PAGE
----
at court.  It is reasonable to expect that a defendant who maintains sobriety
is more likely to appear in court on the appointed dates than a defendant
who is under the influence of drugs or alcohol.
	[¶25]  A bail condition authorizing random searches can only meet
Fourth Amendment scrutiny if the condition is reasonable under all of the
circumstances.  Just as a random search condition is not likely to be
reasonable in every case, it is also not likely to be unreasonable in every case. 
There are situations in which the history and personal situation of the
defendant, including the charges against him or her, justify a determination
by a judicial officer that a random search condition is both necessary and the
least restrictive alternative that will ensure the defendant's appearance and
the integrity of the judicial process.
	[¶26]  Furthermore, when a judicial officer makes such a
determination and imposes a random search condition, we must assume, in
the absence of evidence to the contrary, that the condition is reasonable.  A
defendant who seeks to challenge such a condition as being unreasonable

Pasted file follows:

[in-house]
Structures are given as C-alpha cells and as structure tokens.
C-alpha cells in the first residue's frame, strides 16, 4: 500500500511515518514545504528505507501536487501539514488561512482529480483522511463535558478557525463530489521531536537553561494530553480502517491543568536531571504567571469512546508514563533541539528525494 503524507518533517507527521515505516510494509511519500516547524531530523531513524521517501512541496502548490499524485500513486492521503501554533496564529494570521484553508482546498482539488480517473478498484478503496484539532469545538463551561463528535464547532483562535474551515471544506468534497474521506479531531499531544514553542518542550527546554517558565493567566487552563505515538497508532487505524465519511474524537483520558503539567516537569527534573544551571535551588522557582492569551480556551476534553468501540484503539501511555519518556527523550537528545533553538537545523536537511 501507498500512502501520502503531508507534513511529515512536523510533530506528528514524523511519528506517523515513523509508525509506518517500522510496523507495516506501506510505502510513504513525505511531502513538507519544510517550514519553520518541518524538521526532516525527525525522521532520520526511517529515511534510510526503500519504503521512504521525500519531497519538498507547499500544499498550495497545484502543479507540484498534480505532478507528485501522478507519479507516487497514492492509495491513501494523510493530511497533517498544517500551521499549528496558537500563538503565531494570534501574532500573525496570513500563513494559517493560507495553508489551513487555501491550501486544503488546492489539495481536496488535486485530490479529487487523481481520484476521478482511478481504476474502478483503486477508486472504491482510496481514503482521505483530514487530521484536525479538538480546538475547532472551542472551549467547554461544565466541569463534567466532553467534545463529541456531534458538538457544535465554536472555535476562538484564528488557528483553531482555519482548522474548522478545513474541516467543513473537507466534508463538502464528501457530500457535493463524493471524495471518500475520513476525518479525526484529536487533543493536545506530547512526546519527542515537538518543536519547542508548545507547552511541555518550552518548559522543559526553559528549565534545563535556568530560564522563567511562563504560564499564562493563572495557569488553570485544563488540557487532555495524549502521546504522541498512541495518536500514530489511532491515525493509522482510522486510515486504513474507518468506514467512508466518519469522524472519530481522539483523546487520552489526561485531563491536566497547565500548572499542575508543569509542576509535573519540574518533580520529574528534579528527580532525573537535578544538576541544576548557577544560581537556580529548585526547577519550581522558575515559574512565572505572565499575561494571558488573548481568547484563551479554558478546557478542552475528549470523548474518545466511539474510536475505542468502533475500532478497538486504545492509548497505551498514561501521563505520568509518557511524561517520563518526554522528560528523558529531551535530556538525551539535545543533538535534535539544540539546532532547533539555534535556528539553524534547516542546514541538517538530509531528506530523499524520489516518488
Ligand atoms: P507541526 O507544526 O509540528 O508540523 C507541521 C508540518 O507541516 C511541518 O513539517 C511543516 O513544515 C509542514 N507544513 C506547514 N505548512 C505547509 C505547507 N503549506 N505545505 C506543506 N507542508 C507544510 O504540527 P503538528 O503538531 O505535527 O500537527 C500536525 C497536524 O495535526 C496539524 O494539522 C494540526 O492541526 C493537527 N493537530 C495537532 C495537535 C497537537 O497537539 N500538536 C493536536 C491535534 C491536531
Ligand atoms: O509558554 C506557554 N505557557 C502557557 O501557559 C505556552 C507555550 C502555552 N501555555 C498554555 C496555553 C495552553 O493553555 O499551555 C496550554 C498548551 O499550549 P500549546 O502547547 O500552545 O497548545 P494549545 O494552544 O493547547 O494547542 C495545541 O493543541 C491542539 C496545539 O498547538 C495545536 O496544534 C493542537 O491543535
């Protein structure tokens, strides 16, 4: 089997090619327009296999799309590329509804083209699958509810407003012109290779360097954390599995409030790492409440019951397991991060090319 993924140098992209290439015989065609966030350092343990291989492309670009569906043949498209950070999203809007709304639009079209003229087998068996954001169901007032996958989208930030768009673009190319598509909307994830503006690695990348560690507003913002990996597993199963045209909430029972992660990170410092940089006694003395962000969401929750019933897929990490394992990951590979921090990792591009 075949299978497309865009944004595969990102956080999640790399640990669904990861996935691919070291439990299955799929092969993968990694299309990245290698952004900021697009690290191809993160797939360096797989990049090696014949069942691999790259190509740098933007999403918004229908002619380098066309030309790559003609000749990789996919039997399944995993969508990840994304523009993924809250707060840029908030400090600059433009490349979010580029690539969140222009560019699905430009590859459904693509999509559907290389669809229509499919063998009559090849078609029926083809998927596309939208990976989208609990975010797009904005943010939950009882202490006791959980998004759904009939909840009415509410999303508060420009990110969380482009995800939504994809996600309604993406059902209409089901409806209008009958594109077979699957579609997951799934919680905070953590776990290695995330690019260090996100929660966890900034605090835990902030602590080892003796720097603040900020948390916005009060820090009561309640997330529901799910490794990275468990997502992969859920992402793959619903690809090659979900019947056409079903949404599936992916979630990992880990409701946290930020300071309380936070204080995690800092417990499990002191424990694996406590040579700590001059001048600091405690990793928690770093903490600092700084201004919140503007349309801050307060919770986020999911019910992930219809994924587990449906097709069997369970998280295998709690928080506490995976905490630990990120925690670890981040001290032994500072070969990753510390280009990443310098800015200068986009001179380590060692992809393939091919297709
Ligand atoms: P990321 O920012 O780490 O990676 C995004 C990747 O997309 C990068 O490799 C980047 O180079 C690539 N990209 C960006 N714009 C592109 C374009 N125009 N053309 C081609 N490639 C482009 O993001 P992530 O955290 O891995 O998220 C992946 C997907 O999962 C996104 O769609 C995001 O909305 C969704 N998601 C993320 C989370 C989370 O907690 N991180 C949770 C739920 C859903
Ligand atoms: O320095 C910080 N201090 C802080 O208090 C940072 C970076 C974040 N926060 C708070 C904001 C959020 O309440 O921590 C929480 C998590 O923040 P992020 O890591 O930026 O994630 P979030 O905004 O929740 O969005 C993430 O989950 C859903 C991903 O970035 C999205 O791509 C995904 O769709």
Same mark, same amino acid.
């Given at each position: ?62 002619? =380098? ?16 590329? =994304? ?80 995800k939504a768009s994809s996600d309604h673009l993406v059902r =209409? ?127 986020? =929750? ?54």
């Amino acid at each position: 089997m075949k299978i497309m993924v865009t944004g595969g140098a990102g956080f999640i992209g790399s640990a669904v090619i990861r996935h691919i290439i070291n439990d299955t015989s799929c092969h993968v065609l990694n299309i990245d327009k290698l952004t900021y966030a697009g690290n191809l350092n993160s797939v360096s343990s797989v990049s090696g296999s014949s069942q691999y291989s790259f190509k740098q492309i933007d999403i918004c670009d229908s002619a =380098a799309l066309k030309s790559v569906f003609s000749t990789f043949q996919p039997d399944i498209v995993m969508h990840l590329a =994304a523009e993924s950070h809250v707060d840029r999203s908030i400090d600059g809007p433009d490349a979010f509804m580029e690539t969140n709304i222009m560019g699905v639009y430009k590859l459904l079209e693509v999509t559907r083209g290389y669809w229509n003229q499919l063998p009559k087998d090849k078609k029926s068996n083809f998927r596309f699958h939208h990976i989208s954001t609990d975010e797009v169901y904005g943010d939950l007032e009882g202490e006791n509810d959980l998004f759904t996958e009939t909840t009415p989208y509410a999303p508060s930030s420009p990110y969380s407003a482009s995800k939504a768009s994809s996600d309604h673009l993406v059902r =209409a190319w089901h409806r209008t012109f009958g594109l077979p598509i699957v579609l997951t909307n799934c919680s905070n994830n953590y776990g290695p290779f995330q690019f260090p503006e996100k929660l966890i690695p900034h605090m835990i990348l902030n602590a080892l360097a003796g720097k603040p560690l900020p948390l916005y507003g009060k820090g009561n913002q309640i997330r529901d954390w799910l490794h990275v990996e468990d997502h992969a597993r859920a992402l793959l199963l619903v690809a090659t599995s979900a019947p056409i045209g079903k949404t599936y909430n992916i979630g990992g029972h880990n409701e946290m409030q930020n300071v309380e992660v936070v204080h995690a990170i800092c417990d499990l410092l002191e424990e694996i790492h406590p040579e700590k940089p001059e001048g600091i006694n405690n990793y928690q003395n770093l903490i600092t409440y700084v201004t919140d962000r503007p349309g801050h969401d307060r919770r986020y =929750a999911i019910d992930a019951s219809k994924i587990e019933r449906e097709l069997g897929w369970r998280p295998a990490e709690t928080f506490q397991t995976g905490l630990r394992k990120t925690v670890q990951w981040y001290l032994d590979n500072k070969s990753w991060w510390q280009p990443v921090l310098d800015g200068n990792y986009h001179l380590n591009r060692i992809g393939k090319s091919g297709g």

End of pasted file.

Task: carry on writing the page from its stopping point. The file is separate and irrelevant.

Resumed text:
has the burden of presenting evidence to demonstrate that the condition in
that individual case is not reasonable.  This is similar to the procedure that
is utilized when a search is executed pursuant to a warrant and a defendant
challenges the issuance of the warrant.  When there is a warrant the
defendant has the burden of proving its illegality.  See State v. Friel, 508
A.2d 123, 127 (Me. 1986).  We assume the validity of the warrant because a
judge or magistrate has acted upon the request for the warrant and has
found probable cause.  Likewise, with bail conditions, a judicial officer has
made a determination that the bail conditions are reasonable.  Although we
ordinarily place the burden upon the State to show consent to a search, we
conclude that the State satisfies its burden by proving the existence of the
bail condition.  The burden of presenting evidence then shifts to the
defendant to show that the conditions are unreasonable.
	[¶27]  Ullring presented no evidence to demonstrate that the bail
condition was unreasonable in his case.  Therefore, we conclude that the
random search condition is not unconstitutional as applied to him.  Because
the Maine Bail Code authorizes the condition and because it is constitutional
as applied to Ullring, we find that Ullring voluntarily consented to the
search.  The Superior Court did not err in denying the motion to suppress.
 

Click here for part 2.